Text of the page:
Valve problem threatens to delay April shuttle launch
BY WILLIAM HARWOOD
STORY WRITTEN FOR CBS NEWS "SPACE PLACE" & USED WITH PERMISSION
Posted: March 13, 2010
Engineers are troubleshooting the apparent failure of a helium isolation valve in the shuttle Discovery's right-side orbital maneuvering system rocket pod, officials said Saturday. If the problem cannot be resolved at the pad - and sources said the engineering options are limited - NASA could be forced to haul the shuttle back to its hangar for repairs, delaying a planned April 5 launch.
The two OMS pods on either side of the shuttle's tail fin house the big braking rockets used for major maneuvers and to drop the shuttle out of orbit, along with smaller reaction control system steering jets. Helium tanks provide the pressure needed to push propellants from storage tanks to the rocket thrusters.
The isolation valve issue cropped up overnight Friday during work to load propellants into the OMS pods. Data indicated a major leak in the right OMS pod's fuel line plumbing, the apparent result of an electrically driven isolation valve failing to "seat."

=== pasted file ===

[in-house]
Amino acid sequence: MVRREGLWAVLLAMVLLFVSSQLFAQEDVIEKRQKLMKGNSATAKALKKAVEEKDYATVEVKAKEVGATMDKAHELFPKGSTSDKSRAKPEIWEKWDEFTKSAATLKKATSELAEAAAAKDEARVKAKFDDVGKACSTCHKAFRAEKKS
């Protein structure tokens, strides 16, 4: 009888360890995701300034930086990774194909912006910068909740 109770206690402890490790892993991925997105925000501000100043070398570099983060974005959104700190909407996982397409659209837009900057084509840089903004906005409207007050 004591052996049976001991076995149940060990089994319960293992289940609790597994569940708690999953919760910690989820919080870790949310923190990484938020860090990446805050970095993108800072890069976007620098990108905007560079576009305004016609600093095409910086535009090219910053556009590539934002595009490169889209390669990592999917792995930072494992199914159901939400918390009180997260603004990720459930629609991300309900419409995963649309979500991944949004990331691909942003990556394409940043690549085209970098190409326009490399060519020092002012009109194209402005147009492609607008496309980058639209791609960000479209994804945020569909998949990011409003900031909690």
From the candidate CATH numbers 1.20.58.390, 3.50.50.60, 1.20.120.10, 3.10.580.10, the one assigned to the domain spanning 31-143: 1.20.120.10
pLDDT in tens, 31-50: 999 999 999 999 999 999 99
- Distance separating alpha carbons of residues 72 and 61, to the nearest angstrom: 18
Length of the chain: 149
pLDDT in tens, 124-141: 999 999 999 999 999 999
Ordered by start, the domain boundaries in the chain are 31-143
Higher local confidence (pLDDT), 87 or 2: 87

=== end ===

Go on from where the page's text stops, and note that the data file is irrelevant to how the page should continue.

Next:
The pressurization system is critical for engine operation and it features three levels of redundancy. It may be possible to develop a rationale to launch as is, but that remains to be seen.
Engineers familiar with the system said the valve cannot be directly serviced at the launch pad. If the problem cannot be resolved by indirect methods or development of an acceptable flight rationale, the only option would be to roll Discovery back to the Vehicle Assembly Building, detach it from its external tank, haul it to its processing hangar and remove the OMS pod for repairs or replacement.
Launch on a three-spacewalk space station assembly and resupply mission currently is targeted for April 5. A decision to roll Discovery back to its hangar to swap out the OMS pod would trigger a major delay. But a NASA spokesman said it was too early to tell how the issue might ultimately be resolved. In the meantime, launch processing is continuing.